SINGAPORE (Agencies): Singapore’s Republic of Singapore Air Force (RSAF) has unveiled an impressive technological leap by outfitting its fleet of US-manufactured F-16 Falcon fighter jets with the formidable Israeli Python-5 air-to-air missiles, alongside other advanced upgrades.
This development was officially disclosed through an information board displayed at Paya Lebar Air Base, as the RSAF prepares to celebrate its 55th anniversary with a grand open house event this weekend.
The Python-5 missile, considered one of the world’s most advanced air-to-air weaponry, boasts a relatively short range of 20 kilometers. However, what sets it apart is its remarkable ability to engage targets from any direction, even having the capacity to autonomously track and lock onto its target after launch. Notably, Singapore’s neighboring countries, including Vietnam, the Philippines, and India, also operate the Python-5 missile system, underscoring its regional significance.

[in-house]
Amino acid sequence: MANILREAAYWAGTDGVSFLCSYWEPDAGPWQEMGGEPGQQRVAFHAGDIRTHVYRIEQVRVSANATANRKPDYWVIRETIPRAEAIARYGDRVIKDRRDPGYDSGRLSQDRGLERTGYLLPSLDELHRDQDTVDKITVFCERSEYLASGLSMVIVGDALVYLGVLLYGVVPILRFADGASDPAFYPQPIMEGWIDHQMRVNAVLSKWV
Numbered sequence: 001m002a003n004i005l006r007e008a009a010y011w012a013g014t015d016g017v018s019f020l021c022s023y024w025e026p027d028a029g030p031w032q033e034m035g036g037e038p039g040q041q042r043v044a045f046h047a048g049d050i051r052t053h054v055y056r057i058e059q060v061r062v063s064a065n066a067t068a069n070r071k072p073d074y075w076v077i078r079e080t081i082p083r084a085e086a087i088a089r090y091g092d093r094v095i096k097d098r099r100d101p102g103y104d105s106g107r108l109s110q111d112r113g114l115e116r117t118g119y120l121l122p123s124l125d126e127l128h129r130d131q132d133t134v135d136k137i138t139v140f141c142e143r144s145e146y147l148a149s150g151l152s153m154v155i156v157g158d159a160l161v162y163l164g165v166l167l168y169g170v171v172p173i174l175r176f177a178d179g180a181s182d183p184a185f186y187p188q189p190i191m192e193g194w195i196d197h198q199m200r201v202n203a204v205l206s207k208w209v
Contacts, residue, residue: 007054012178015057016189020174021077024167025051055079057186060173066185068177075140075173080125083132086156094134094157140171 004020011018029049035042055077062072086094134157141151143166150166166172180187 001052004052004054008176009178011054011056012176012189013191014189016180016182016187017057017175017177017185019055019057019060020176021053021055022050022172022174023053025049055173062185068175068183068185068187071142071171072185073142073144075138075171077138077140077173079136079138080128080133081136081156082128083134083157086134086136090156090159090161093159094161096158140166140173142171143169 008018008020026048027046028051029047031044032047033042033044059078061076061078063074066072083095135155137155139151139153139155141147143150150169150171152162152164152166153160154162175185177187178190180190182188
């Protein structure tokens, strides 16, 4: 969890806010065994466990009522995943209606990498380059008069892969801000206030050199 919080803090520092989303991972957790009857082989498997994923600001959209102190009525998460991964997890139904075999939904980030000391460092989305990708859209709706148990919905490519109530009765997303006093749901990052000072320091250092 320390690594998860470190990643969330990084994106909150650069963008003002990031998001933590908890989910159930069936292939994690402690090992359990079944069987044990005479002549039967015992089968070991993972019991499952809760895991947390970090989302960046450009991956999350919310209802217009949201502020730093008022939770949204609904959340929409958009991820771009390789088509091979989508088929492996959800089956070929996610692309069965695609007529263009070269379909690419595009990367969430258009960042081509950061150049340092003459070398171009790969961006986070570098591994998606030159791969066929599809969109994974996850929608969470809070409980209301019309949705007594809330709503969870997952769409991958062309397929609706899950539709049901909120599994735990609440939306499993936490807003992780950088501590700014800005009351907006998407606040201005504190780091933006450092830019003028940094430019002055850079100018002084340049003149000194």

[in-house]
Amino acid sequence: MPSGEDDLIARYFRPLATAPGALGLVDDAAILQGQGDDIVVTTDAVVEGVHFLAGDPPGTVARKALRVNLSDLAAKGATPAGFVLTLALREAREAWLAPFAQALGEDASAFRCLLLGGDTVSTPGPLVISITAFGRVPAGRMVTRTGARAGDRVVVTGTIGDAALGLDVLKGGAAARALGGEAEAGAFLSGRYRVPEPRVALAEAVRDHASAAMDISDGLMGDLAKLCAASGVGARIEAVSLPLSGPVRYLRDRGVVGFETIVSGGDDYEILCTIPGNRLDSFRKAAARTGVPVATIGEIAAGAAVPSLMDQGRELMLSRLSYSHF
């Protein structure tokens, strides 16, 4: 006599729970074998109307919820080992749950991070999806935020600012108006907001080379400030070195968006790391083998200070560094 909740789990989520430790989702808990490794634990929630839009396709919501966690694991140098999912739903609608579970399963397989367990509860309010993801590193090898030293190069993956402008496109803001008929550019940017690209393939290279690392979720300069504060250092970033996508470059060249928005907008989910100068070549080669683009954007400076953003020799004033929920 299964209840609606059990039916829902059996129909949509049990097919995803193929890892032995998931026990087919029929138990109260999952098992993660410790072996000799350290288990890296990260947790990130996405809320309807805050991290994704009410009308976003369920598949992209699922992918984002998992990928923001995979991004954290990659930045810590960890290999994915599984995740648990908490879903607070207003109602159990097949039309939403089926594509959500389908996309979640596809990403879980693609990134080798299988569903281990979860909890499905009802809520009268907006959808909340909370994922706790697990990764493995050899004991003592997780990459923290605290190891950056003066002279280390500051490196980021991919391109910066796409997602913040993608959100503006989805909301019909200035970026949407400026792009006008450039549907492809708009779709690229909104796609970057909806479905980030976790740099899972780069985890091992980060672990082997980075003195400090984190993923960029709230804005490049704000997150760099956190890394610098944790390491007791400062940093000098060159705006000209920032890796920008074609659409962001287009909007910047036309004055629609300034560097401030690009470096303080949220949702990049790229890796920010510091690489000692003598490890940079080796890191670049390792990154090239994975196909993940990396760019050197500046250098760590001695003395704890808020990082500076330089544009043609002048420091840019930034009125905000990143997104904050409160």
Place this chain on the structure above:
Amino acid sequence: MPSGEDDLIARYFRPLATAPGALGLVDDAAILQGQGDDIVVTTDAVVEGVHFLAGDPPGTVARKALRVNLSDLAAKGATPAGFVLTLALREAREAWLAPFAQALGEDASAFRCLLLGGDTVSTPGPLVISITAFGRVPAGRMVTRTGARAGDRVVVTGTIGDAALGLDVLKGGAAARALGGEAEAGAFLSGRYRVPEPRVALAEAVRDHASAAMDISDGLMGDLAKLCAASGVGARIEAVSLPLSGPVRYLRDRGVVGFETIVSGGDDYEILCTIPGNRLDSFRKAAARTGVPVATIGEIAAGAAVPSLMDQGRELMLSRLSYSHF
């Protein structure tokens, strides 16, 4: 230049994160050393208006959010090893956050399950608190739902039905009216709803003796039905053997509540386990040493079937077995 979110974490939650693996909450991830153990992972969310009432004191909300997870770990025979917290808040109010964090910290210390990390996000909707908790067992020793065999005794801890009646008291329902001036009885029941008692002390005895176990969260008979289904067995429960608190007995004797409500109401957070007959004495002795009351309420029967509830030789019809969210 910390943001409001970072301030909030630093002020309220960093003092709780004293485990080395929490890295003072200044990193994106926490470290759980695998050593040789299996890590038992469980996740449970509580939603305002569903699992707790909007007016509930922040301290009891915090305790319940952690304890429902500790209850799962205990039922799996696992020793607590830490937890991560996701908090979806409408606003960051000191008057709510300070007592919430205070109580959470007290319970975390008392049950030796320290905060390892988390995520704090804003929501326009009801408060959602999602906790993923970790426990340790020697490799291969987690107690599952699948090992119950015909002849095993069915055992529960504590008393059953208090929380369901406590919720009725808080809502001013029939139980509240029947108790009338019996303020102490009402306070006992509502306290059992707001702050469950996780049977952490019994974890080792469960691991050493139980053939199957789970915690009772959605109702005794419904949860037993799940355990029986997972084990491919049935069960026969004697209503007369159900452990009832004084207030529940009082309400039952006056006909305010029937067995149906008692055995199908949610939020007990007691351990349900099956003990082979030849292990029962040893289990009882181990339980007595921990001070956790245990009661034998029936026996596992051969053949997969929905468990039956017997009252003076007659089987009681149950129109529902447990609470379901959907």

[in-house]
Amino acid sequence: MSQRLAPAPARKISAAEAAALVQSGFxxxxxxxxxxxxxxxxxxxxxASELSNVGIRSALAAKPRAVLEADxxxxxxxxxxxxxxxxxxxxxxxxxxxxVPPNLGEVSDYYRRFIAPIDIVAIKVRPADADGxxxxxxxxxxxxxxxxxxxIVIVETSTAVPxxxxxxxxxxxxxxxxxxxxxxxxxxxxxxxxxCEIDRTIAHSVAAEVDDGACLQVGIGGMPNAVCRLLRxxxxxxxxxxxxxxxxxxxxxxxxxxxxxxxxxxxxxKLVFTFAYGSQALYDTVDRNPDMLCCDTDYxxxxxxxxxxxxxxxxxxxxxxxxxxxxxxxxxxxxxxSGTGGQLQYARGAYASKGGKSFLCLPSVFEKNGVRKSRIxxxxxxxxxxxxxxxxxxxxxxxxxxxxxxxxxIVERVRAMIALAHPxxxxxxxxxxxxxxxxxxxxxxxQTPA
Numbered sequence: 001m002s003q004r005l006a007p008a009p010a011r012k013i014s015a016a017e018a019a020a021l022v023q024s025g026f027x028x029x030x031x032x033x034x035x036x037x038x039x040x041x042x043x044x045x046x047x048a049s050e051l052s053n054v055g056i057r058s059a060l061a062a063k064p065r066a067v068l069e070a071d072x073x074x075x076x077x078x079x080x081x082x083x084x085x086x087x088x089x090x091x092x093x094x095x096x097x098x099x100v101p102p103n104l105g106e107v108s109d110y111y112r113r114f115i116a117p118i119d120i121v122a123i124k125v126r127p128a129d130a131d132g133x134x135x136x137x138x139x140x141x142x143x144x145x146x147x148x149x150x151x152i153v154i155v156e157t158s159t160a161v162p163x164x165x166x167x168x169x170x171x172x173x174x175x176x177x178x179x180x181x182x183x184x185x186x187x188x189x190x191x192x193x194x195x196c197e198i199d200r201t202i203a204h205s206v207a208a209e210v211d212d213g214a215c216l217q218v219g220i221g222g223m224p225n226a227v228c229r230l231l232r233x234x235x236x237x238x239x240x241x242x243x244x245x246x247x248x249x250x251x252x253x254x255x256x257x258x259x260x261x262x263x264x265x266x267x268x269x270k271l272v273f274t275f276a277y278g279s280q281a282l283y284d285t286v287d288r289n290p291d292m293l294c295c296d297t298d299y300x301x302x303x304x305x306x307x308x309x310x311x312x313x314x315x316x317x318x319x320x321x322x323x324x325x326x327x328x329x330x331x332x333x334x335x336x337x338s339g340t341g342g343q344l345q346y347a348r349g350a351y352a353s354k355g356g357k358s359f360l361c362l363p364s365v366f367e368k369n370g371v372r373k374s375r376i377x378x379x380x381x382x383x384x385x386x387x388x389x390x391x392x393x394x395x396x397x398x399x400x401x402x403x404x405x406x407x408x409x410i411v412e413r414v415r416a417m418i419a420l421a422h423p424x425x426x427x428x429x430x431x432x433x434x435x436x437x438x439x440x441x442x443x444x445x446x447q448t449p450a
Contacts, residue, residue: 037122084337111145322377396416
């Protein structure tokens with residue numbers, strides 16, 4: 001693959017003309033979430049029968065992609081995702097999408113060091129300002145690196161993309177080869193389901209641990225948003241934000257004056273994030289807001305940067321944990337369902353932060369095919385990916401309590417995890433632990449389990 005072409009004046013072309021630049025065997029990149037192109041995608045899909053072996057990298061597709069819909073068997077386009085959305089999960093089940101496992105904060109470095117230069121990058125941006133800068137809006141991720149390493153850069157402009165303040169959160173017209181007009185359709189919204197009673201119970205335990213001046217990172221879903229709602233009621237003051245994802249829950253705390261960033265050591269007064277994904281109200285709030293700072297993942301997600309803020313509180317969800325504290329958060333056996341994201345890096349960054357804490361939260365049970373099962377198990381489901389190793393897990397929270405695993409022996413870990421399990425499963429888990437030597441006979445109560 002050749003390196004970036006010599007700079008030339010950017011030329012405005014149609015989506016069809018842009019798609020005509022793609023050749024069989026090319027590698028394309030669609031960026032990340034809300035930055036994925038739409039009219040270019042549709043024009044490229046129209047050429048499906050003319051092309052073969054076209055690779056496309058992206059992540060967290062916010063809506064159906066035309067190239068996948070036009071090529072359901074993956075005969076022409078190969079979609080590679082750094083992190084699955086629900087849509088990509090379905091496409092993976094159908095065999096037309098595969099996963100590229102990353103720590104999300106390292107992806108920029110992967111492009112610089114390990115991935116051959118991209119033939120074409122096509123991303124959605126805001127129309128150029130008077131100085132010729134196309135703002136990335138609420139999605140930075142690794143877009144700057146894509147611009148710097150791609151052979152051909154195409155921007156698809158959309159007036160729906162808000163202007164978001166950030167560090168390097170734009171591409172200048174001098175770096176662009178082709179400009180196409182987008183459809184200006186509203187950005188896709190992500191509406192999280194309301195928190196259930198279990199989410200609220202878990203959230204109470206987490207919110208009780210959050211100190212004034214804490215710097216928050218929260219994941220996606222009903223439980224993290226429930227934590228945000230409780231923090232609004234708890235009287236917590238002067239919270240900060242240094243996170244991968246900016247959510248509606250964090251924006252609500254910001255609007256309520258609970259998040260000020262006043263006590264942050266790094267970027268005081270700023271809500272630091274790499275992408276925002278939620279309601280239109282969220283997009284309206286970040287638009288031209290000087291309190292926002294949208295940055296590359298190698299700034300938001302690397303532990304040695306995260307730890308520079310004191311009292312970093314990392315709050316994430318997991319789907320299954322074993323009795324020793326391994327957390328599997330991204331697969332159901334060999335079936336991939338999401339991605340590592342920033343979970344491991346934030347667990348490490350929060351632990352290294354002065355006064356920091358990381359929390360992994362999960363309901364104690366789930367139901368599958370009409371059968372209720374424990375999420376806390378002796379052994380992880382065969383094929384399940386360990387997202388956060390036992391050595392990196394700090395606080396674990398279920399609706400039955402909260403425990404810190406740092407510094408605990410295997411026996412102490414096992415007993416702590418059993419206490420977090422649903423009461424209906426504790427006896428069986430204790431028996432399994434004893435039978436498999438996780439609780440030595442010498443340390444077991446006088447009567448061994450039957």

Speculation about this upgrade had been circulating on the internet for several months, with eagle-eyed observers noting the presence of Python-5 missiles on RSAF F-16 aircraft wings.
The integration of the Python-5 missile into the F-16 presented a significant interoperability challenge, as seen in the case of Ukraine, where F-16s supplied to Ukrainian forces were unable to employ the British-made Storm Shadow cruise missile, concurrently provided to Kiev.
To enable the use of the advanced Python-5 missile, Singapore’s F-16s underwent critical upgrades acquired from the US Air Force. These enhancements have not only empowered the aircraft to employ Python-5 missiles but have also equipped them with satellite-guided and laser-guided Joint Direct Attack Munition (JDAM) smart bombs. Furthermore, the F-16s now feature the AN/APG-83 active electronically scanned array radar and the Joint Helmet Mounted Cueing System. Notably, the latter technology is also produced by an Israeli company, Elbit, and enables pilots to engage a target simply by looking at it.
In the coming decade, Singapore plans to replace its F-16 fleet with the F-35B Joint Strike Fighters, a stealthy aircraft capable of vertical takeoff and landing or conventional runway operations. This transition marks another significant stride in Singapore’s commitment to maintaining a state-of-the-art air force.